When we run out for a single item it’s usually an important one. But once we’re inside the store, there is a natural tendency to load up on less important items. We might even start buying certain items only because we are not sure whether or not we need them.

At the time we do this, it seems that we’re doing this with the right intentions. But well-intentioned or not, this kind of impulsive shopping can be a serious budget buster. You go in planning on spending $4 for a gallon of milk, but instead spend $40 on a collection of items that you probably would not have purchased had you not gone out for the gallon of milk.

How Many Trips in a Month?

The real problem with single-item shopping trips isn’t the trip itself, but the number of times that we do it in a week or a month. If you do this one or two times per week, or about six times in a month, you could be spending hundreds of dollars more than what you need to spend.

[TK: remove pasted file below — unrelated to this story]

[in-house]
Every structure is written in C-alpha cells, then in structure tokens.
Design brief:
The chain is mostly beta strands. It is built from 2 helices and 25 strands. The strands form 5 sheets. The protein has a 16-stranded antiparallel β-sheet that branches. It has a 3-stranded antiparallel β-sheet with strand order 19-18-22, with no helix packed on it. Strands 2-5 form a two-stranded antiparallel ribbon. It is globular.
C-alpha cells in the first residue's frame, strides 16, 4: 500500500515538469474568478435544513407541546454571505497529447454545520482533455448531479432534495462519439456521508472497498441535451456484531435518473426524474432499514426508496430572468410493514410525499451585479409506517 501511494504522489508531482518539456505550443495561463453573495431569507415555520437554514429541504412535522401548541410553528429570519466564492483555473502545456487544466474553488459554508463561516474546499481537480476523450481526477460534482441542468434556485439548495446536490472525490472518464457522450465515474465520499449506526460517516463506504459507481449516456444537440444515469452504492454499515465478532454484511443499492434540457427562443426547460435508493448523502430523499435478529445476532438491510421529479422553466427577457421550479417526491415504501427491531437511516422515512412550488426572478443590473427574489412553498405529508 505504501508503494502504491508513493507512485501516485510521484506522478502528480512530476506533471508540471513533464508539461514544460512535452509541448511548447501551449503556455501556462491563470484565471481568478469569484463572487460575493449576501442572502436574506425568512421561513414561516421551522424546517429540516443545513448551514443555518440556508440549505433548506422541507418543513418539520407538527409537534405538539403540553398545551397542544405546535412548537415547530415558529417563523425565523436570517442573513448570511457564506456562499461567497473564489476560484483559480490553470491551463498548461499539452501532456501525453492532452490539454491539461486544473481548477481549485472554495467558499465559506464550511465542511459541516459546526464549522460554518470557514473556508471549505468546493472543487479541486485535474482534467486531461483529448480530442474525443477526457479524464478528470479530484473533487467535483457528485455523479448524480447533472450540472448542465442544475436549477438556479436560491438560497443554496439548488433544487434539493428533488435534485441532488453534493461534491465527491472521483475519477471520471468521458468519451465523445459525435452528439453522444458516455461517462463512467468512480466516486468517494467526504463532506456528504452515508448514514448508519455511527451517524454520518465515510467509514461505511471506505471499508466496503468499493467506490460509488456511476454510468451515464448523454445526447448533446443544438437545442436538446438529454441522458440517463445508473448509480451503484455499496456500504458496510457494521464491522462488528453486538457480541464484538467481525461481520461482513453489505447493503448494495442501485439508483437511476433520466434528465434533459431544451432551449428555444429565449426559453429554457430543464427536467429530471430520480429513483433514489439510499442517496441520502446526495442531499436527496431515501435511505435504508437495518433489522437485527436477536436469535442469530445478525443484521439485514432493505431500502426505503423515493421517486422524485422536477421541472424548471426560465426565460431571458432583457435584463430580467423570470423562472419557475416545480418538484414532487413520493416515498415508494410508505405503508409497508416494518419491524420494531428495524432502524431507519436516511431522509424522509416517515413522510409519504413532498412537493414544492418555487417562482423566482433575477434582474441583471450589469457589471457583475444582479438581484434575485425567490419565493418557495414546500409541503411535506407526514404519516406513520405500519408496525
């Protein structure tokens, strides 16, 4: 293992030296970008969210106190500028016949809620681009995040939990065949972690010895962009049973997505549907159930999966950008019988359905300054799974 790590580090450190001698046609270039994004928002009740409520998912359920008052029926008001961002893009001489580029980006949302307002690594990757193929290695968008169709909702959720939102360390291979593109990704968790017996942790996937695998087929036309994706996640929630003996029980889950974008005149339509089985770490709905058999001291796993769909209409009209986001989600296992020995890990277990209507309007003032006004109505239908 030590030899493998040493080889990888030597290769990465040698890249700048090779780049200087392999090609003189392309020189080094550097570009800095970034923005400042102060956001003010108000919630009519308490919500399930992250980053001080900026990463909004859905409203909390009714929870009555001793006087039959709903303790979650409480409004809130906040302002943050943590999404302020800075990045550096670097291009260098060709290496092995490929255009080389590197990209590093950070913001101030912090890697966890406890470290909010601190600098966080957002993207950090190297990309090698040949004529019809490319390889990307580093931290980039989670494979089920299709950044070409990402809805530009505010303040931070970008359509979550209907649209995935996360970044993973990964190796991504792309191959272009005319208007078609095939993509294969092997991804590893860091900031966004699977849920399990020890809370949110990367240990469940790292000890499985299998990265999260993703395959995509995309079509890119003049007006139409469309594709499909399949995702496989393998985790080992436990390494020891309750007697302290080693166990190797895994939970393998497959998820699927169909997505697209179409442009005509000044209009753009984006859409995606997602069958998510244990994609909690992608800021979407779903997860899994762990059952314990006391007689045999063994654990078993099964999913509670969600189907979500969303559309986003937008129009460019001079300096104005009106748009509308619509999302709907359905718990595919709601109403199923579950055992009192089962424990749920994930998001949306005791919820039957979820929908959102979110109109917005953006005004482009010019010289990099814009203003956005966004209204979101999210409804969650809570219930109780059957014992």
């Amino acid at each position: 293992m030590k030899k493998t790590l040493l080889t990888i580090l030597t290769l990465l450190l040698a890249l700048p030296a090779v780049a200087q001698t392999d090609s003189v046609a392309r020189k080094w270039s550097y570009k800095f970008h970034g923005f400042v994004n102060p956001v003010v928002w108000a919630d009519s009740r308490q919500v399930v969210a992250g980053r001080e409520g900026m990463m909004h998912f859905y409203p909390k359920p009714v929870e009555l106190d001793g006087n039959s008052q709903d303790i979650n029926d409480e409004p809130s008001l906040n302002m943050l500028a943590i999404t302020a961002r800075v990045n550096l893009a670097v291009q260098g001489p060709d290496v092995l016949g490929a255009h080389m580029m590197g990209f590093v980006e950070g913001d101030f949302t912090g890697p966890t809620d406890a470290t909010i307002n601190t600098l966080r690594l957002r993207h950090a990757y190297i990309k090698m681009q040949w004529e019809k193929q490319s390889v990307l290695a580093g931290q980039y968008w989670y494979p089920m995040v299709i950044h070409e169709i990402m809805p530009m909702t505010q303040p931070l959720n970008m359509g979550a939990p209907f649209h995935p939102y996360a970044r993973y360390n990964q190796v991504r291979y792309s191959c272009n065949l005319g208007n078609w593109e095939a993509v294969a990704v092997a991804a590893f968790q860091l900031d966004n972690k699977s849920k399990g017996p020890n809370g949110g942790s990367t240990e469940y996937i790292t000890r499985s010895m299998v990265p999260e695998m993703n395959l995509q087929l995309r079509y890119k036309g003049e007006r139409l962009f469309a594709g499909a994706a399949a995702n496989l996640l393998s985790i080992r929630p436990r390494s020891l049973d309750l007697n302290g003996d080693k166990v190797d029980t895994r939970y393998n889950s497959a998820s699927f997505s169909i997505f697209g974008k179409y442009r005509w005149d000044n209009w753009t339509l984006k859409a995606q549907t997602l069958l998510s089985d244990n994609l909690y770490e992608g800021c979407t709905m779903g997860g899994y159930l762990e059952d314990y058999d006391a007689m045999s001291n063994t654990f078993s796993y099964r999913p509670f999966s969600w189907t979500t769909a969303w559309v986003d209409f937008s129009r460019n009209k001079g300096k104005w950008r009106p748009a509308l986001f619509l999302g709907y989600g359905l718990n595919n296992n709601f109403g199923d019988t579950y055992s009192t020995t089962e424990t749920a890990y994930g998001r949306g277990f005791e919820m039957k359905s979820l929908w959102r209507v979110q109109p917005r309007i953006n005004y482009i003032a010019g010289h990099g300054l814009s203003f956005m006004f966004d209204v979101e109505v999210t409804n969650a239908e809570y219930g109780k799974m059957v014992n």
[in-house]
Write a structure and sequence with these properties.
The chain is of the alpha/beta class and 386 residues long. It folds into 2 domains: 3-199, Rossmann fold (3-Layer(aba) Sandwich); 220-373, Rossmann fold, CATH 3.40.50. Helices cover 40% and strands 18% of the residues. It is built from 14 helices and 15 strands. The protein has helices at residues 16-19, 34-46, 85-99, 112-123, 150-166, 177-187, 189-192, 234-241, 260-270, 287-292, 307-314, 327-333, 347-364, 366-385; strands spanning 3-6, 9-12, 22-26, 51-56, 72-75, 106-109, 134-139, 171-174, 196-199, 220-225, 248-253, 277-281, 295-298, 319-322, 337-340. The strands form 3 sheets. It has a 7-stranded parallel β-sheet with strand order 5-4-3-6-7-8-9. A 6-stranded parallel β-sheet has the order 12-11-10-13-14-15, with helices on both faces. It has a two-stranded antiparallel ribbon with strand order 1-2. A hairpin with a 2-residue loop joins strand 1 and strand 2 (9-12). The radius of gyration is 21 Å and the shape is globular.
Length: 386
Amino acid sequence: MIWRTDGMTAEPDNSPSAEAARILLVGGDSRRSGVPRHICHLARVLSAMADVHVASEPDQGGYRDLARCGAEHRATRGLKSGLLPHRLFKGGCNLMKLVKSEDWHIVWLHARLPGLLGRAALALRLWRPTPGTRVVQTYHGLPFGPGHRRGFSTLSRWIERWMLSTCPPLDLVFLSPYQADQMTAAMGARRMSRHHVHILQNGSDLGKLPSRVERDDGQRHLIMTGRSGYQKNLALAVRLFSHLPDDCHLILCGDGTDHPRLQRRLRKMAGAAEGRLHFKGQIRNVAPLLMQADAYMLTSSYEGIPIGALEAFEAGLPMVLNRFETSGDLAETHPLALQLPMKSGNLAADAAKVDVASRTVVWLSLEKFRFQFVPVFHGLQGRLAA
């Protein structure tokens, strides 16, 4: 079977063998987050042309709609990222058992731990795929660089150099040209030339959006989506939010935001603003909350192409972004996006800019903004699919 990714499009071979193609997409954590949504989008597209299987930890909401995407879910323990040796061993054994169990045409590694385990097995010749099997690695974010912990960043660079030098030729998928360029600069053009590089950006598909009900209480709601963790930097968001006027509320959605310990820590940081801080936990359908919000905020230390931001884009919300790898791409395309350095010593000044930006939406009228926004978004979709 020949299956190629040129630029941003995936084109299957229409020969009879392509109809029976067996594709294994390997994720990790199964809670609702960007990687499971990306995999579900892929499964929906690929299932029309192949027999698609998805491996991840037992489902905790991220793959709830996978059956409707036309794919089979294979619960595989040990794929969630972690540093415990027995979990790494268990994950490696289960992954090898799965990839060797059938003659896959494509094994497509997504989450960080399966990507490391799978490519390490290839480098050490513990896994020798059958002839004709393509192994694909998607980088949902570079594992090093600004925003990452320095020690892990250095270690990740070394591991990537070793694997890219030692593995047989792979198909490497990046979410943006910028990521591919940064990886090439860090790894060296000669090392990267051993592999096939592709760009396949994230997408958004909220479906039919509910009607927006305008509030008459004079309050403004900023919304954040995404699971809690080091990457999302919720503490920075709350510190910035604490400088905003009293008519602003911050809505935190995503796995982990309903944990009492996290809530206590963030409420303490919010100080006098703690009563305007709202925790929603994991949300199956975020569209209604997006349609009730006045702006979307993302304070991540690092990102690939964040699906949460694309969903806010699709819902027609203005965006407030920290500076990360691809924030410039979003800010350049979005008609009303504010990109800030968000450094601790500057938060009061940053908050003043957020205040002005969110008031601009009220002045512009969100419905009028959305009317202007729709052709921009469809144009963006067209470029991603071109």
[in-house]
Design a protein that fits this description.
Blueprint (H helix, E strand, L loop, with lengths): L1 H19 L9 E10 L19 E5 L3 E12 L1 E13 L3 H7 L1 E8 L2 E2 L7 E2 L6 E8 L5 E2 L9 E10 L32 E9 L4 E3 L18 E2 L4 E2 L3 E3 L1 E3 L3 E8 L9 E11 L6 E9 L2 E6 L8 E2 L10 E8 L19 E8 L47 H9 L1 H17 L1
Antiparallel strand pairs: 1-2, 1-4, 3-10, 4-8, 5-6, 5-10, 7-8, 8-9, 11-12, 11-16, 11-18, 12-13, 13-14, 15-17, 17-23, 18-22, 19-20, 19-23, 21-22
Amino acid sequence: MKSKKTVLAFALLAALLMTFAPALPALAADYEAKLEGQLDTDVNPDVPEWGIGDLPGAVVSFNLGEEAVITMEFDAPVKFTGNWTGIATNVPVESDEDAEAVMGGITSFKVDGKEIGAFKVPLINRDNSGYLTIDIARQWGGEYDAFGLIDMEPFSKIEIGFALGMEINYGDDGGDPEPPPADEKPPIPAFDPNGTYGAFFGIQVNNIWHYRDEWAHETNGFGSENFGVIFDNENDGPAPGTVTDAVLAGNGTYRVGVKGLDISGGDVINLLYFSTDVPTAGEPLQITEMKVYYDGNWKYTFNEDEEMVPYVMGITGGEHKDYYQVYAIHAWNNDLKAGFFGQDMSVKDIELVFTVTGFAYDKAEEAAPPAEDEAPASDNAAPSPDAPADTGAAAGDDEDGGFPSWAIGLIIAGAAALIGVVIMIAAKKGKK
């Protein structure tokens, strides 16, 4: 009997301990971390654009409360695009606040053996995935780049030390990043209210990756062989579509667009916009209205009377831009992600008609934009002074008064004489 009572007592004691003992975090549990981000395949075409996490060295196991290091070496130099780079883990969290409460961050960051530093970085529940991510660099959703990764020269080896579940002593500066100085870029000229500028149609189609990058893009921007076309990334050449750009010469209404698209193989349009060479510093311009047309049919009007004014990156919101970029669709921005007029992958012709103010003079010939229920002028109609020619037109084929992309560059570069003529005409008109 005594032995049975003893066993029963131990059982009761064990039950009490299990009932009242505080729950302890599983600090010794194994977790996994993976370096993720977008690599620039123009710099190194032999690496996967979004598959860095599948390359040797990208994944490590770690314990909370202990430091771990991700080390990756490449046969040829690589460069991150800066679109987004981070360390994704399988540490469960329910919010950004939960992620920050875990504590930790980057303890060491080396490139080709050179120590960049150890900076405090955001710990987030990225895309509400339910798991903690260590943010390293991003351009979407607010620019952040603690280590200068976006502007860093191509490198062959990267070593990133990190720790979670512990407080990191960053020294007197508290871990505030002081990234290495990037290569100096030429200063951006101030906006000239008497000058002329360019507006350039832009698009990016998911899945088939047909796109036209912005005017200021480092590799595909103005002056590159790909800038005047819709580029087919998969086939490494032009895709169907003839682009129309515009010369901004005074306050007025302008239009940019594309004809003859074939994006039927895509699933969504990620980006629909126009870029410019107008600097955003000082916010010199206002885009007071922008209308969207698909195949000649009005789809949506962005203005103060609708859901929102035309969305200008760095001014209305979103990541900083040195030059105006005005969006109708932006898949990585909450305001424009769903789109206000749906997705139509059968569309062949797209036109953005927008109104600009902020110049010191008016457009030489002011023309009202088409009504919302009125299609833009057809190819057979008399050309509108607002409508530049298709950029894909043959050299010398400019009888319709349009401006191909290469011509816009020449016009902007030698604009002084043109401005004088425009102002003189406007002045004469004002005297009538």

Let’s say that you make six such trips in a typical month, on average with the intention of buying a $5 item for each trip. But instead, each time you average making a $40 purchase – or $35 more than planned – then you are spending about $210 per month more than you need to. That works out to be a hair above $2,500 per year, or the size of a credible IRA contribution.

Many of us will attempt to maintain at least a minimal budget arrangement, but will still come up short by several hundred dollars per month. One of the biggest reasons for a budget shortfall almost certainly will be single-item shopping trips gone wrong!

Stores Love Single-Item Shoppers

As shoppers, we have a built-in disadvantage anytime we go into any kind of store – no matter how resolute we are about buying just one item. Retailers know all about single item shopping trips, and they’re just waiting for us!

Virtually all retail stores are packed with impulse choices – especially at the front of the stores. If you have ever noticed the layout of a typical grocery store, you’re aware of the fact that the most important departments are usually set at the back of the store. That’s not an accident!